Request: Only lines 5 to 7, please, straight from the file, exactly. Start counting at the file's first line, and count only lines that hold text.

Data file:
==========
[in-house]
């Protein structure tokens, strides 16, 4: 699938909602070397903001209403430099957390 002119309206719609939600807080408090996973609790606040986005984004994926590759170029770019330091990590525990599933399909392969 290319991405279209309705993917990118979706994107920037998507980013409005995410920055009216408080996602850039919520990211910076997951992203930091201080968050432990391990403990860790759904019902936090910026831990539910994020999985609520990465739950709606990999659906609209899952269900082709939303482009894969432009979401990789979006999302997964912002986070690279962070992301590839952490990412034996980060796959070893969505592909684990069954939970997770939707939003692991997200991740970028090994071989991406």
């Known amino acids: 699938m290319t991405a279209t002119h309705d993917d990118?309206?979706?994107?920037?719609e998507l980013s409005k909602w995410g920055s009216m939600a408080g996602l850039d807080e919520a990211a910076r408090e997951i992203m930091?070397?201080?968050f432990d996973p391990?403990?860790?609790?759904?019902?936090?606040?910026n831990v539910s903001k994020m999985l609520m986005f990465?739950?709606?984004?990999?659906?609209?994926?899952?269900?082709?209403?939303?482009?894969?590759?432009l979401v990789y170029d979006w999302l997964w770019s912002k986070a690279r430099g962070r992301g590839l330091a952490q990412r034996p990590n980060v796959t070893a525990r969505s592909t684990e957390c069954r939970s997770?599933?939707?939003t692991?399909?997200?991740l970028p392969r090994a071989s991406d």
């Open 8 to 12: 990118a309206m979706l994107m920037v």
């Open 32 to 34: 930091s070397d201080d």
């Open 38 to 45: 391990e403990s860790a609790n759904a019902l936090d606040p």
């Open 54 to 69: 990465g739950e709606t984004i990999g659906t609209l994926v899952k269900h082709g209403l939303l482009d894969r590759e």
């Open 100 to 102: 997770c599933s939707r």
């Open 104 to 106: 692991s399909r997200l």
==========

């Open 32 to 34: 930091s070397d201080d």
């Open 38 to 45: 391990e403990s860790a609790n759904a019902l936090d606040p």
């Open 54 to 69: 990465g739950e709606t984004i990999g659906t609209l994926v899952k269900h082709g209403l939303l482009d894969r590759e």